New Zealand’s Covid-19 vaccine purchase agreement, explained

Opinion: The government has signed its first binding agreement to secure a Covid-19 vaccine. But what exactly is the vaccine, who’s likely to get it and when? Associate Professor Siouxsie Wiles talks us through it.

This week the New Zealand government announced it has signed its first binding agreement to secure a Covid-19 vaccine. If everything goes according to plan, it’ll provide vaccines for 750,000 people. Here’s what that announcement means.

It’s been just 10 months since we first started hearing about a new virus circulating in China. Since then, our worlds have been turned upside down, and the race has been on to develop a vaccine. According to the Guardian’s Covid vaccine tracker, more than 170 research teams around the world are working on this and 11 vaccine candidates are currently undergoing phase three human trials. These trials are testing for both safety and to see whether the vaccines might actually work, at least in the short term. Check out this handy guide showing the different kinds of vaccines currently under development.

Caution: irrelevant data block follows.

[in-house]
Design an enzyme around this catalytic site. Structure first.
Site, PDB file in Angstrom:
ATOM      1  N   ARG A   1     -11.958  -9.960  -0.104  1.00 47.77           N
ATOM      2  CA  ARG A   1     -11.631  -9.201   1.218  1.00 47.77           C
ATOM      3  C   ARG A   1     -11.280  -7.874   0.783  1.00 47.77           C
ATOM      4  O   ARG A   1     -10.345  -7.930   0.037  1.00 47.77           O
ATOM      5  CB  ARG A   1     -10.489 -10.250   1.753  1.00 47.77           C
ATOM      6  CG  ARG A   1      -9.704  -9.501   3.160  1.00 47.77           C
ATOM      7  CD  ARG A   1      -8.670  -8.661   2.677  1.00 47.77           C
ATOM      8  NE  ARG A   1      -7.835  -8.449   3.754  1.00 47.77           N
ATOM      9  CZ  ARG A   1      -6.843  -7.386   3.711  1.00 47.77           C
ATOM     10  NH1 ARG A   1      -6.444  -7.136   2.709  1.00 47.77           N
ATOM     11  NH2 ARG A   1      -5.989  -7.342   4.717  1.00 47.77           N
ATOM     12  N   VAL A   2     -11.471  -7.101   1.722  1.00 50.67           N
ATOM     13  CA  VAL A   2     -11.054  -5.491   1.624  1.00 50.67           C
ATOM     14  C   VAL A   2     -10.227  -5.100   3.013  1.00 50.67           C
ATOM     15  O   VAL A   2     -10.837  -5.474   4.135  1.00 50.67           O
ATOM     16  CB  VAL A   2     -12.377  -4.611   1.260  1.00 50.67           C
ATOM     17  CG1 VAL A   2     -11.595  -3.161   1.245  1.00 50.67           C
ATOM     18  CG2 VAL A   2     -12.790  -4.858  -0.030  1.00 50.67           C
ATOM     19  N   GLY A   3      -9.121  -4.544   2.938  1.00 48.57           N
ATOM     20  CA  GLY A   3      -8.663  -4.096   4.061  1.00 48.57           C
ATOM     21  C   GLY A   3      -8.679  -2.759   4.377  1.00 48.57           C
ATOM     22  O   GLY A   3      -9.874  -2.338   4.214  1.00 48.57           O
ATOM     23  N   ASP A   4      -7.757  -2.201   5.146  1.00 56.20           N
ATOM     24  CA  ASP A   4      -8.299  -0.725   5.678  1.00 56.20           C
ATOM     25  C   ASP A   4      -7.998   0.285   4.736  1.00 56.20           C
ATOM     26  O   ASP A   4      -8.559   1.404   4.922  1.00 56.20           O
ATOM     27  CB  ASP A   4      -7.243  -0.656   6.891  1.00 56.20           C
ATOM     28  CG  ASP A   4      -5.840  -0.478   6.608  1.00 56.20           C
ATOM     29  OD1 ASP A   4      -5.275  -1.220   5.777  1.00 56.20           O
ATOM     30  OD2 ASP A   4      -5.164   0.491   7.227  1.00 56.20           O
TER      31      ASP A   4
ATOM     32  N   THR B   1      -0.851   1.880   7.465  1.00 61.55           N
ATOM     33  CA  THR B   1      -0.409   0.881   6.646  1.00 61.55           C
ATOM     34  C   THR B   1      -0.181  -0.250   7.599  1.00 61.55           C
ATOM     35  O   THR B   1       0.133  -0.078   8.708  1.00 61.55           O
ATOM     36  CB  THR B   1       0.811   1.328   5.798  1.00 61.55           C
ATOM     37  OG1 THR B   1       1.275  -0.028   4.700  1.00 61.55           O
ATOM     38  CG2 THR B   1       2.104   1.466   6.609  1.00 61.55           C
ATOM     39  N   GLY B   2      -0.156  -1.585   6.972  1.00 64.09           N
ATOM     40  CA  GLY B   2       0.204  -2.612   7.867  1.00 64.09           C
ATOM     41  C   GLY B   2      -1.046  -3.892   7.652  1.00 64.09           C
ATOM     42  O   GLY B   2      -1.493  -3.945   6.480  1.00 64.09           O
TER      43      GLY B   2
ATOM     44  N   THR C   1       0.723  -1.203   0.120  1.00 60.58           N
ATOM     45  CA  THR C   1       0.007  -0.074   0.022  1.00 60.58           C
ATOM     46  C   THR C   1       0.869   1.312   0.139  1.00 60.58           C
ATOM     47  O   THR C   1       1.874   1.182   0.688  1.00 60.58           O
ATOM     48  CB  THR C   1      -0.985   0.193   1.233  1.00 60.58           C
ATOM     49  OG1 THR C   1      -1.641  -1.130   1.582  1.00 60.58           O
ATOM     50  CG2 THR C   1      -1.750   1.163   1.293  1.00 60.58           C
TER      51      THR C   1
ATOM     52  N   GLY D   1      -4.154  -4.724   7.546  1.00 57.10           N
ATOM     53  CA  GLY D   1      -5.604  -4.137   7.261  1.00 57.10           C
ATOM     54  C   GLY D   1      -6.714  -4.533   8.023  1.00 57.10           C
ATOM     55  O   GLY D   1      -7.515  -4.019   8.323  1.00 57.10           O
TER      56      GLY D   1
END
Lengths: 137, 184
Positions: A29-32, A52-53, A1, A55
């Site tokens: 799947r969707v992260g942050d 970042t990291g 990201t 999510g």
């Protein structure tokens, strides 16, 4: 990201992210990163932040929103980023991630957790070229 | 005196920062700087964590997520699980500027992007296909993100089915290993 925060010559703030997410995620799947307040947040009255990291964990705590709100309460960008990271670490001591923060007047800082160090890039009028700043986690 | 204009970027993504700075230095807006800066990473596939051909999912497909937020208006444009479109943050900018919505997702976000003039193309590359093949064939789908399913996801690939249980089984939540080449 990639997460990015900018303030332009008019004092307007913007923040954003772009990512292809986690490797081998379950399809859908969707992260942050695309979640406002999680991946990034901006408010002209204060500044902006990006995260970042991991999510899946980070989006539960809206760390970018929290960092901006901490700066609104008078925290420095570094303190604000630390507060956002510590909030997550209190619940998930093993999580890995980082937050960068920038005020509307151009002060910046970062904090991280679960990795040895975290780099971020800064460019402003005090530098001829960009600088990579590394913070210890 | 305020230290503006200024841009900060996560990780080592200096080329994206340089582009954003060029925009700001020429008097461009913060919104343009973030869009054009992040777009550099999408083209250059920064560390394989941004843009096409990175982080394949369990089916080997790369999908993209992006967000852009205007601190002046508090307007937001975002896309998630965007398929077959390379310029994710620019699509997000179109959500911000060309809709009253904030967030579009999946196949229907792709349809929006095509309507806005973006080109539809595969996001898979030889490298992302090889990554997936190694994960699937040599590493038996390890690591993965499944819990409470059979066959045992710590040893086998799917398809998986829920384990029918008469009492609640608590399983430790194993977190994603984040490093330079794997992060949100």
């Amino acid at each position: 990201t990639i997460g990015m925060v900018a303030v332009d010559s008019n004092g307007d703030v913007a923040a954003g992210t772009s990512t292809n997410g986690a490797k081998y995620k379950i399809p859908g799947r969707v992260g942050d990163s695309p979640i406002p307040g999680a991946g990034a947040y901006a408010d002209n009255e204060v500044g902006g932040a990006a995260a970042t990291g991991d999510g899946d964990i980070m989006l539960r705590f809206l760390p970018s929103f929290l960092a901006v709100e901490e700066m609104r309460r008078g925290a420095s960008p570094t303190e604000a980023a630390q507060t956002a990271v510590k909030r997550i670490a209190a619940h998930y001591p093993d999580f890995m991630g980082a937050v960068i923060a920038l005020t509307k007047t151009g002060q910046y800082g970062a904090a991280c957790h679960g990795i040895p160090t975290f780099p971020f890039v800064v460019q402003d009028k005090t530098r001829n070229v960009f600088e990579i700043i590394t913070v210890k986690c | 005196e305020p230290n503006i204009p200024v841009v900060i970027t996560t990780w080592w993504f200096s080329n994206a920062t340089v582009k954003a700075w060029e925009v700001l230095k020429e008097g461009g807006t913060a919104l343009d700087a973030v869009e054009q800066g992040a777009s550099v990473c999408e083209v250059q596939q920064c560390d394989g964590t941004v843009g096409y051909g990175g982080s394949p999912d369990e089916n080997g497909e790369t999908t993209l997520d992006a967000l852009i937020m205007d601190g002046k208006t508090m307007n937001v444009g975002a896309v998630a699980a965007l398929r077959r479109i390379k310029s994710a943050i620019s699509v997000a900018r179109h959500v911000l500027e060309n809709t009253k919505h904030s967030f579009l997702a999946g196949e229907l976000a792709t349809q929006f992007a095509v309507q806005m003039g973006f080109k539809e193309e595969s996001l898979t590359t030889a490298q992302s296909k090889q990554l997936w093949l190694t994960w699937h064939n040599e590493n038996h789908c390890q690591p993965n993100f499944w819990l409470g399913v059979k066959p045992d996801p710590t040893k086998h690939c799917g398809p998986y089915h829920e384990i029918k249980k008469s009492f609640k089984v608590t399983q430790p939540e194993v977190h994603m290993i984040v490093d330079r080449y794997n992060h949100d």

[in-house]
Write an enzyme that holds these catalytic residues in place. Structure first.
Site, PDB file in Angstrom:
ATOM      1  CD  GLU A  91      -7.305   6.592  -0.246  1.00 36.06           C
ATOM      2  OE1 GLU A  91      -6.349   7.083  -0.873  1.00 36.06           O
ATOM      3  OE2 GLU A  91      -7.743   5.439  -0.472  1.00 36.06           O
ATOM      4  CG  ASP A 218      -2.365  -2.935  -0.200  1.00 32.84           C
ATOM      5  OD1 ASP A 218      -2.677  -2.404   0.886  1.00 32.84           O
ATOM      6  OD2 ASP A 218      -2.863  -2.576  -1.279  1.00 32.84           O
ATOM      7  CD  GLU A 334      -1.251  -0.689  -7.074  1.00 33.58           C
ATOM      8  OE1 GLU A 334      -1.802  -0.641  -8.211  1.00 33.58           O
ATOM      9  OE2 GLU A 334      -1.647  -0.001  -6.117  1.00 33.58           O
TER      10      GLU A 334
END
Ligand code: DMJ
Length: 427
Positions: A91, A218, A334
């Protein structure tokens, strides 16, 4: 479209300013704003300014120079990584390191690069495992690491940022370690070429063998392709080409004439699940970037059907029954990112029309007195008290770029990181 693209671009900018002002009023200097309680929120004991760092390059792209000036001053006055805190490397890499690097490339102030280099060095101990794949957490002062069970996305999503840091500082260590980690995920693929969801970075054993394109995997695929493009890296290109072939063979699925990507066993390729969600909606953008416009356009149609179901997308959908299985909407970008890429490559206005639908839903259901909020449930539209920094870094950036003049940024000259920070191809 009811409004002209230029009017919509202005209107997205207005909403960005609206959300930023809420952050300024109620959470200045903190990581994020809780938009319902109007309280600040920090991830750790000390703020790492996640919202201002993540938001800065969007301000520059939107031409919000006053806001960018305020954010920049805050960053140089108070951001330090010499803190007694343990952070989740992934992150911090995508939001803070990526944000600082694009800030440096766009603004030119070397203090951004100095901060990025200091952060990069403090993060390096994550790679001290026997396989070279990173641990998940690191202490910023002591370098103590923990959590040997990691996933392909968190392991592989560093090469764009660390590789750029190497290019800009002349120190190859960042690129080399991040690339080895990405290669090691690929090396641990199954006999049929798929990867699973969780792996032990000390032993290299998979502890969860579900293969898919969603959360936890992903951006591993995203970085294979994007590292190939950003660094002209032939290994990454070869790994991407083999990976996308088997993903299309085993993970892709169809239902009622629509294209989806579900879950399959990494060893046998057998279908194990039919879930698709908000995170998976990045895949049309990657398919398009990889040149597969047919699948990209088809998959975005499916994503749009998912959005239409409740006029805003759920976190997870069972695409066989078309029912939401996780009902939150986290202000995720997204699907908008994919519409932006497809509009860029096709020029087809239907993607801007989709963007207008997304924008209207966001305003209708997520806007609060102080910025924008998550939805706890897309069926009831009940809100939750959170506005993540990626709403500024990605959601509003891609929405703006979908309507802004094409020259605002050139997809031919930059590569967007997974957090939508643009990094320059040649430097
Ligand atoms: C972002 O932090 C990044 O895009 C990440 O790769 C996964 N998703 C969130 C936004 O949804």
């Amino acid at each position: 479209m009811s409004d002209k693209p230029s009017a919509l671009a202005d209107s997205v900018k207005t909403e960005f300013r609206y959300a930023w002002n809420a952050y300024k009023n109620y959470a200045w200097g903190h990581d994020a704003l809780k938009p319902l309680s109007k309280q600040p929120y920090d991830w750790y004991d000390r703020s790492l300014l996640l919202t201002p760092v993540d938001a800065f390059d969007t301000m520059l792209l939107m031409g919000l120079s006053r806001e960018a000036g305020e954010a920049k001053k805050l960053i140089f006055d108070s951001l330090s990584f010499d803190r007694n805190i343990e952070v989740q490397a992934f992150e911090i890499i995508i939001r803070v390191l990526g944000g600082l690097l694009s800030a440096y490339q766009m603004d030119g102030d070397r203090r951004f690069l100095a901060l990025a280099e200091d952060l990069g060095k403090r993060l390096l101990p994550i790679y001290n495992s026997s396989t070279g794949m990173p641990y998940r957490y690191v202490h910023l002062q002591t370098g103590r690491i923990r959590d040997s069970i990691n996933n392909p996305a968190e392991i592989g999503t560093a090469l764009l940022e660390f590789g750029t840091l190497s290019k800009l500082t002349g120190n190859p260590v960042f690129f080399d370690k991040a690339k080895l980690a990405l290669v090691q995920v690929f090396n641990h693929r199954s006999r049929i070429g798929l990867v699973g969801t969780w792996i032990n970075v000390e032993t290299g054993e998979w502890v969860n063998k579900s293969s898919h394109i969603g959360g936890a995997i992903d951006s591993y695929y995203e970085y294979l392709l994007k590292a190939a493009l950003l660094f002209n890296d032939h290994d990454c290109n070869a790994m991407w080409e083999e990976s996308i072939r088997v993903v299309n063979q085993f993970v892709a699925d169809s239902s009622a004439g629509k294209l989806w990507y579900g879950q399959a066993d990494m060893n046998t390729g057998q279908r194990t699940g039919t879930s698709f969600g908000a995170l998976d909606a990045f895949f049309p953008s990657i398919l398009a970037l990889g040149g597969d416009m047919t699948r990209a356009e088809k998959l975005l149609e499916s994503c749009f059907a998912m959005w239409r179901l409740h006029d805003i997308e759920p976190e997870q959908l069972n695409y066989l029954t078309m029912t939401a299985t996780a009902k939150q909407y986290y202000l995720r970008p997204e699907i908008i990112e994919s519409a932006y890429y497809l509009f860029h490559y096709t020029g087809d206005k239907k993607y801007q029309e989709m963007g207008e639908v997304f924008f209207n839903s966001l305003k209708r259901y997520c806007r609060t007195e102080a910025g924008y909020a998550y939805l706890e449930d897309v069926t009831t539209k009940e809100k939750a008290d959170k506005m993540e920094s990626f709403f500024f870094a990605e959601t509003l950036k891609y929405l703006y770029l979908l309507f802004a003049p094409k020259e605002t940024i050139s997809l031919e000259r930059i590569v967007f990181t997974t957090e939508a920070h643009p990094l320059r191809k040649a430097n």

Here in New Zealand, our Covid-19 Vaccine Strategy Task Force has been working hard to ensure we and our Pacific neighbours get access to safe and effective vaccines as soon as possible. They’ve already signed us up to Covax, a global collaboration that aims to produce two billion vaccine doses and distribute them globally and fairly to every participating country next year. Covax works by pooling money from different countries to support the development of a portfolio of vaccines and purchase them at scale. Some of the money is also being used to invest upfront in manufacturing so any vaccines are ready to be distributed as soon as they are licensed. With Covax, both the risks and the benefits of developing and producing vaccines are shared across countries and we get access to the nine vaccine candidates in their portfolio, three of which are currently in phase three trials.

Pfizer’s BNT162 vaccine